In an American social context, individualism is clearly praised as one of the highest of all social values. The American Dream itself is constructed on the notion that an individual, unfettered by anyone but him or herself, can achieve desires, the only limitation being personal weakness and failure to seize the opportunities provided by the country. In popular culture, individualism is portrayed as a way of becoming one’s unique and authentic person, branding oneself in a certain way and doing whatever one feels like, as some assertion of the unique “I” that is our true being. Individualism is thus a type of philosophy that immediately sets it against its opposite, some type of conformity, some type of community ultimately, to which the individual stands against. However, the careful reader will note that, perhaps above all in an American context, individualism is one of the most socially dominated and engineered terms we have. This is because this term itself is used to support a system that is both capitalistic and materialistic: it is a term that ultimately itself becomes part of a larger social context, as the individual, thinking individualism is what matters, really is a sheep perpetuating the greater social system at large, and, in particular a capitalist and consumerist ideology that always measures a society in terms of the “I.”
One of the clearest ways to look at how individualism really works and what it truly means is to look at the social contexts where individualism is elevated to the heights of its own mythology. Individualism, such as it is idolized in the United States, is portrayed as the ultimate form of non-conformity. Thus, some of the archetypical images from the American consciousness, such as the lone Cowboy who goes to the frontiers, or the drugged out rock star, who just does his own thing in violation of social norms, are two typically American and typically individualistic images. Rather, however, these two particular images could be viewed from the exact opposite perspective, as images that are perpetuated as ideals by a particular social system, with its own desires, its own power structures, and its own way of organizing the world. Let us take the image of the raw and rugged individual cowboy who ventures into the Wild West to make a future for himself. Well, at the same time it is important to note, and I hope that we all have not forgotten this yet, but the West, as well as the entire Americas themselves, were populated by an indigenous population. The cowboy who goes out to make his life on his own was really someone who entered an area already inhabited by given social groups for thousands of years. The individual life he made by himself was also the result of basically committing genocide against the native populations. We can see here that the idea of a rugged individualism are used to promote and essentially justify, or perhaps pave over, the clear existence of a colonial social system, based on power, violence as well as systematic racism. The cowboy individual was as much a part of this system as anything else.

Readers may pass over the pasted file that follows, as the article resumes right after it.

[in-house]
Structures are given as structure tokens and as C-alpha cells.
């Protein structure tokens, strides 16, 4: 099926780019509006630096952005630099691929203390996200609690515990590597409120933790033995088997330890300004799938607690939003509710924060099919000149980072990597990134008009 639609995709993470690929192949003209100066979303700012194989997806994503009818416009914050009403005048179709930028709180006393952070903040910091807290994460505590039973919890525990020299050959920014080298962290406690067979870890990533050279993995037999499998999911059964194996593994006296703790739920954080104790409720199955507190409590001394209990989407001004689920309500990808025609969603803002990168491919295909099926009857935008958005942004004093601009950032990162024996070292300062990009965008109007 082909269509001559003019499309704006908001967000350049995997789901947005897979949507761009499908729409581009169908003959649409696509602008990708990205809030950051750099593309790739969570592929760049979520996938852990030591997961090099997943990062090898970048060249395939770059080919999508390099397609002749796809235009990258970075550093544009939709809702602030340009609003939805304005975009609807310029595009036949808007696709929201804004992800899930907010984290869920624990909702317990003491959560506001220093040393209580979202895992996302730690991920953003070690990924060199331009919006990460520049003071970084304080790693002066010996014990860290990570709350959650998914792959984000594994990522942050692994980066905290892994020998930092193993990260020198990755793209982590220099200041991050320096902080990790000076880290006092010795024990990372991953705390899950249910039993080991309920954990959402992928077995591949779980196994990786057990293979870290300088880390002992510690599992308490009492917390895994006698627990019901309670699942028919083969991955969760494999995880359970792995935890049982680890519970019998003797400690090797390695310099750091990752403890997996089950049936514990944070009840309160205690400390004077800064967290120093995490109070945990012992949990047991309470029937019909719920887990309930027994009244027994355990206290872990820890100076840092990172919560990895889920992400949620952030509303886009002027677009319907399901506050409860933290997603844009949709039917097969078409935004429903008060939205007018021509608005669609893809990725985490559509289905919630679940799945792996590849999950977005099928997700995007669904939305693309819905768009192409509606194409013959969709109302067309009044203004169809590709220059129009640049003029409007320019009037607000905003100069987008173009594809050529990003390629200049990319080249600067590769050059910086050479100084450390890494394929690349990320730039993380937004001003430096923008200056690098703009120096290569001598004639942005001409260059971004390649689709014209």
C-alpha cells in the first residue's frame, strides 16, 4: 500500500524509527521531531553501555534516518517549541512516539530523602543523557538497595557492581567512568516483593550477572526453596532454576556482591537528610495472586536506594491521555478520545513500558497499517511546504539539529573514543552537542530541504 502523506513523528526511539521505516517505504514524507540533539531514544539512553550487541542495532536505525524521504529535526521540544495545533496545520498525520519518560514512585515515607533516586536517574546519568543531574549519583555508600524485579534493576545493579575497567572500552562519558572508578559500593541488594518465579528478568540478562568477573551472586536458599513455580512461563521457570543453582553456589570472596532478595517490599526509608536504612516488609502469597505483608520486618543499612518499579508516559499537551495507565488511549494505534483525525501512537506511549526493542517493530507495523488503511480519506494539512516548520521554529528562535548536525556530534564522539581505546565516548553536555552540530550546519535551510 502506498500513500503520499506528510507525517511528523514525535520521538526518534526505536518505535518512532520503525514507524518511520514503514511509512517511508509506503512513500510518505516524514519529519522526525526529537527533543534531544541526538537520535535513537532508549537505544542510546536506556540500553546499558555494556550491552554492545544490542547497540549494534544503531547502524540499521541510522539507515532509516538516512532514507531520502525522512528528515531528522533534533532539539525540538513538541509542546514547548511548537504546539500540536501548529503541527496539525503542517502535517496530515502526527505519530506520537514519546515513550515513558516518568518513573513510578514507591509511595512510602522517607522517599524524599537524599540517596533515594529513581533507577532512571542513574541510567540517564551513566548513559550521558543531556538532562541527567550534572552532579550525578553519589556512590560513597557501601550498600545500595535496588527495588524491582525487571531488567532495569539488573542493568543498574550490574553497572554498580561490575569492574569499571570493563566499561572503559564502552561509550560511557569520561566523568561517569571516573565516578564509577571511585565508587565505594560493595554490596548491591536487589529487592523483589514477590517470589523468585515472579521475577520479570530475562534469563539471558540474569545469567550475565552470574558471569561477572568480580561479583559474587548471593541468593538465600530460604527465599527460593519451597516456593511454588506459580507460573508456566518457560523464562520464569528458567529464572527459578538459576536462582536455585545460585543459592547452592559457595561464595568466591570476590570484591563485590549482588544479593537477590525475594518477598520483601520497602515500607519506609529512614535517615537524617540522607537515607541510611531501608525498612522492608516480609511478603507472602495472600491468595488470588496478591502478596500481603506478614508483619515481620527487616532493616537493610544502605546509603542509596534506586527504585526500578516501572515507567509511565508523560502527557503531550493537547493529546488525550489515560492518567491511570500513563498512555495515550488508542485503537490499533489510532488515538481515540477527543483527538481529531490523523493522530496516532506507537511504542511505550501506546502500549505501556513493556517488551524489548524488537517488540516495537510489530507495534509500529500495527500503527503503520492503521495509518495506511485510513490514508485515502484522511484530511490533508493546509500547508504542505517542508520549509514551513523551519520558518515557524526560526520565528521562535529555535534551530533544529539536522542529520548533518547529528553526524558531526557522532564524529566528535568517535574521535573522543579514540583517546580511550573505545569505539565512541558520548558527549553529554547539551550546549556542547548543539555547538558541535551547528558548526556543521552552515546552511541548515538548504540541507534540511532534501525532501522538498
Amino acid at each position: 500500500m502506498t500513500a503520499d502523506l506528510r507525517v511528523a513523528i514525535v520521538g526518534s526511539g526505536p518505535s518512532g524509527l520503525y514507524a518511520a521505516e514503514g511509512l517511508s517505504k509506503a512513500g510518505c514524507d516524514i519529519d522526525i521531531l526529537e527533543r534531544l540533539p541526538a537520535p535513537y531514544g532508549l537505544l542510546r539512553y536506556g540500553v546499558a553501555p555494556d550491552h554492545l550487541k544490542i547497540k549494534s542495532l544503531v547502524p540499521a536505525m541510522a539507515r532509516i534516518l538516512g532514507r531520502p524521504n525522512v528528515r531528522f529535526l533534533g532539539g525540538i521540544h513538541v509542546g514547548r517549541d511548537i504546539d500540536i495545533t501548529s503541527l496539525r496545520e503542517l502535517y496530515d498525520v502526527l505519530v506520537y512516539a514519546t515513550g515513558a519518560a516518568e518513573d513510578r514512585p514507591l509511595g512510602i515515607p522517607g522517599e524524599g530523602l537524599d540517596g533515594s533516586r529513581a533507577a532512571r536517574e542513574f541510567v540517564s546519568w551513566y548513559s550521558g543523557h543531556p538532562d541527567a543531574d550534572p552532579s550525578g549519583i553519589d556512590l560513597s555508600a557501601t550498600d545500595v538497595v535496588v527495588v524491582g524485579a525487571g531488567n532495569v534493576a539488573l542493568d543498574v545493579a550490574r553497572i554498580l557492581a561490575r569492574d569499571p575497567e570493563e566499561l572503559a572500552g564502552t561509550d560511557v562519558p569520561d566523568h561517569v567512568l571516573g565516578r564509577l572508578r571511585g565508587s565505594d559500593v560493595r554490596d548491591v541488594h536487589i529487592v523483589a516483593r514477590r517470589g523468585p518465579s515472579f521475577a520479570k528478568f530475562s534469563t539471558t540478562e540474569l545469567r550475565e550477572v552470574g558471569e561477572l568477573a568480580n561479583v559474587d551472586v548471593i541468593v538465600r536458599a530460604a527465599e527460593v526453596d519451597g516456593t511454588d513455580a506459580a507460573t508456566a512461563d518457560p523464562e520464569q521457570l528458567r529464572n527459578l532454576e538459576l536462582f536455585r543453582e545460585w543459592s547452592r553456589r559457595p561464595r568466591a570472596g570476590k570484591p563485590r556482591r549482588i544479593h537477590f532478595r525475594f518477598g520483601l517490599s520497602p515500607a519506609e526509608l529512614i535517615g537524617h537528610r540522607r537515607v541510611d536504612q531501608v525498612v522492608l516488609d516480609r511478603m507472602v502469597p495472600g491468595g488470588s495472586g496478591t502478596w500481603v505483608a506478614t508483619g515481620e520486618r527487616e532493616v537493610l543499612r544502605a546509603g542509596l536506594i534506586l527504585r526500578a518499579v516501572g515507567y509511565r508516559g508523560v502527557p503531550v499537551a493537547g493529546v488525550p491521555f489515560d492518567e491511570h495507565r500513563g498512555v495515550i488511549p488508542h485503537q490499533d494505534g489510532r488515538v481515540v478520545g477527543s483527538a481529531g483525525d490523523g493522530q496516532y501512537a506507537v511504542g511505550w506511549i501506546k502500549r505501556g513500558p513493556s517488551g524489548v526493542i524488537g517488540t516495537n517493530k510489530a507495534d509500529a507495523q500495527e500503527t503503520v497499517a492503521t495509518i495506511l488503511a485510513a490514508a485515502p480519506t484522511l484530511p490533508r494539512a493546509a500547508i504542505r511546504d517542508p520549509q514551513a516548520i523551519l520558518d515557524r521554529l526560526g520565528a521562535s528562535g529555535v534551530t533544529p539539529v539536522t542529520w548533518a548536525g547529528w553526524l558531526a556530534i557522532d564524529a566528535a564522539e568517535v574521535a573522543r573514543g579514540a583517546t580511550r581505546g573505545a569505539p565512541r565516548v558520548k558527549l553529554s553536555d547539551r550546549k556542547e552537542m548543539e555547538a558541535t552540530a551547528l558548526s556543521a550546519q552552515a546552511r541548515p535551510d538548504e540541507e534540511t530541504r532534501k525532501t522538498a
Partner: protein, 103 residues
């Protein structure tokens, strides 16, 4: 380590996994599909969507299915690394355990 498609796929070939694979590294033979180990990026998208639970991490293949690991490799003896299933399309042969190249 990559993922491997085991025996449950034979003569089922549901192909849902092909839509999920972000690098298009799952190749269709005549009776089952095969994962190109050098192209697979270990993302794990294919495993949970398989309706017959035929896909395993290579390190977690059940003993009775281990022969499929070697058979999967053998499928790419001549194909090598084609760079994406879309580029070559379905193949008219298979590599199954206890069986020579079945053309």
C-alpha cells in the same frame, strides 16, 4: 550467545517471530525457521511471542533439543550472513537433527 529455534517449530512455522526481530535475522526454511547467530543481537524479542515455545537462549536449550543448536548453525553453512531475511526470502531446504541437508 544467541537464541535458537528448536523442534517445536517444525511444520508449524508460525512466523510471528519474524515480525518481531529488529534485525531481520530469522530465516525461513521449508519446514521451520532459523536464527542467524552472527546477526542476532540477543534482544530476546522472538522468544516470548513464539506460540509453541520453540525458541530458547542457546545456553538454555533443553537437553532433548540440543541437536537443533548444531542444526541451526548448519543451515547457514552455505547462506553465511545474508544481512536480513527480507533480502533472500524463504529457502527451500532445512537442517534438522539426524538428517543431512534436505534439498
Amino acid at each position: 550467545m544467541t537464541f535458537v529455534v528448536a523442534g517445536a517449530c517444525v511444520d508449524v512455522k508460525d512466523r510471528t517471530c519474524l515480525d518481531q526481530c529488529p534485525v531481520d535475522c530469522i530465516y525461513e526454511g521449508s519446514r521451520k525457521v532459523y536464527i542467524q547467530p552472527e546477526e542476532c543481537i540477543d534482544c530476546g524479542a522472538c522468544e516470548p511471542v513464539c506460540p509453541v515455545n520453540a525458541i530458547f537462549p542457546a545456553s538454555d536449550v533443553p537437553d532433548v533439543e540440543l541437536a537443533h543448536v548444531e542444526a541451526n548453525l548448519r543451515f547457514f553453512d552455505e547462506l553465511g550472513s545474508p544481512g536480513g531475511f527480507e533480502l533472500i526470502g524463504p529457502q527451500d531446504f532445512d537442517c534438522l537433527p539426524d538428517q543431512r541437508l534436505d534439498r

The rock star, the individual who does not conform to the standard social roles, is another socially engineered role. What exactly is the rock star standing for in his or her individualism? Usually, it is a representation of an arrested phase of development, as rock music and other forms of music are tied to adolescent dreams. The culture of rock music and the rebellious rock star fits in perfectly with a materialist and self-centered culture. It is the rock music who breaks social taboos, but still remains dependent upon concert ticket sales and music downloads and CD purchases in order to survive. The rock musician also sells his image beyond the actual music product itself, such as the clothes he or she is wearing. These images quickly become a model for other “individuals.” The rock musician furthermore promotes a hedonistic lifestyle, of drugs and sex and rock n roll, which only addresses immediate physical satisfaction, and not a deeper intellectual and critical engagement with life. Instead of let’s say, self-sacrifice for others, critical thinking, breaking past adolescent patterns of behavior, this type of immediate physical satisfaction is perfect for perpetuating the sheep of a capitalist and materialist culture.
And individualism as an ideology is ultimately a great tool for what economists like to call a diverse economy, which is key to success in capitalism. Unsophisticated countries are commonly deemed so from an economic perspective, because they are over reliant on one commodity, such as oil in the Middle East. A culture that supports individualism, however, diversifies its economy by definition: every individual wanting to be like the individual he or she identifies with. Thus, the infamous stereotype now of the hipster, with his dilettante and esoteric tastes, is one of the driving factors of capitalist market diversification. This type of image is one of the keys of a strong capitalist economy.
Thus, when we think of individualism, we should perhaps think of the exact reverse. We need to consider the exact social and economic conditions where individualism came to be valued: the Capitalist West. Then we need to ask ourselves, if individualism became part of this mythology because of the behaviors of individuals themselves, or whether the promotion of this type of ideology had a greater social goal, that is, to promote and perpetuate the workings of a precise social system. These decisions to praise individuality certainly may not be consciously planned and instead unconsciously, but the fact that they are praised itself shows that such a love for the individual is not an individual decision, but the result of a clear social context, a socio-economic system that promotes its own values and its own way of life, a system of which the rugged individual is a part, like the sheep in the herd.